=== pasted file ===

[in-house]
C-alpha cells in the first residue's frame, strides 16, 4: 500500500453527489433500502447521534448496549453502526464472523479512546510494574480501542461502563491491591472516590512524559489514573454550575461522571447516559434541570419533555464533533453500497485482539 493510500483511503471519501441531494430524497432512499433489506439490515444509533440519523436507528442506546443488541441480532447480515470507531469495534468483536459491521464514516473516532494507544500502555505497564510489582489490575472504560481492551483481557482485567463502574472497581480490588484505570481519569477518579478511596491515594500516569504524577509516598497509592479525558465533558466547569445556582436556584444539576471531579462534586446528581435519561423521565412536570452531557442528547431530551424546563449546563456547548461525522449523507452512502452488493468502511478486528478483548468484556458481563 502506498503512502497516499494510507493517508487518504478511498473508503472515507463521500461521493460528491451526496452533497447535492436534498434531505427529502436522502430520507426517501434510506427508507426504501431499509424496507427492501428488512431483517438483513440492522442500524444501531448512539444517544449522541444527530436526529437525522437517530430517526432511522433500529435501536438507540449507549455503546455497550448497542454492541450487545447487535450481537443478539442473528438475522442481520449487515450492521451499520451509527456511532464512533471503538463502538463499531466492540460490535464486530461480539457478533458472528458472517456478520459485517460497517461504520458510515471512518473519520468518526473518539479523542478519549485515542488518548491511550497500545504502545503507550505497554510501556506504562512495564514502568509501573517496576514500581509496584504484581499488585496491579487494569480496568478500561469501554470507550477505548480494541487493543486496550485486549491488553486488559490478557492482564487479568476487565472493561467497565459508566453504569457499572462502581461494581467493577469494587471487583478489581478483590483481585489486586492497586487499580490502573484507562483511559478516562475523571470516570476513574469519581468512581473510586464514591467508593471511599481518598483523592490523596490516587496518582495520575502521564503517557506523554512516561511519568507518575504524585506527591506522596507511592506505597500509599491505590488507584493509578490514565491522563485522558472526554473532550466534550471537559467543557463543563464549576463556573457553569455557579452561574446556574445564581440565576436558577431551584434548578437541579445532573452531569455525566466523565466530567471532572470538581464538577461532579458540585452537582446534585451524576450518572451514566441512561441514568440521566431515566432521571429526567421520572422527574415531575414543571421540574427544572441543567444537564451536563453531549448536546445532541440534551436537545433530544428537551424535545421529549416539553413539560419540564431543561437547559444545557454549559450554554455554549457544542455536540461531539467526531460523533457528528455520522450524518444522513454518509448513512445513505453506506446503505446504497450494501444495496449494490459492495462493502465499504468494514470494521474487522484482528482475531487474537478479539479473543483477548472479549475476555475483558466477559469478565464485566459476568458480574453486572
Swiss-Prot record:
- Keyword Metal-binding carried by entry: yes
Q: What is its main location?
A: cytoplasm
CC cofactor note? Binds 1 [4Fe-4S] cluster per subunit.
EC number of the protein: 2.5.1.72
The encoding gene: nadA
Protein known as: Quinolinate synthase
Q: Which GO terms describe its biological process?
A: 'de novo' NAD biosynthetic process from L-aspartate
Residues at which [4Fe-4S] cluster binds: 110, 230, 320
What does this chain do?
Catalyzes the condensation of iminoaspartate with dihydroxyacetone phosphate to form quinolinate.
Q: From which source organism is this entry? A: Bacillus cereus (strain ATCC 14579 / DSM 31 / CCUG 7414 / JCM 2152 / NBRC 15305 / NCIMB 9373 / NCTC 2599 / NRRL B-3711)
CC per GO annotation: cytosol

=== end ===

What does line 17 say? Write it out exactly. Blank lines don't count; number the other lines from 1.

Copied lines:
CC per GO annotation: cytosol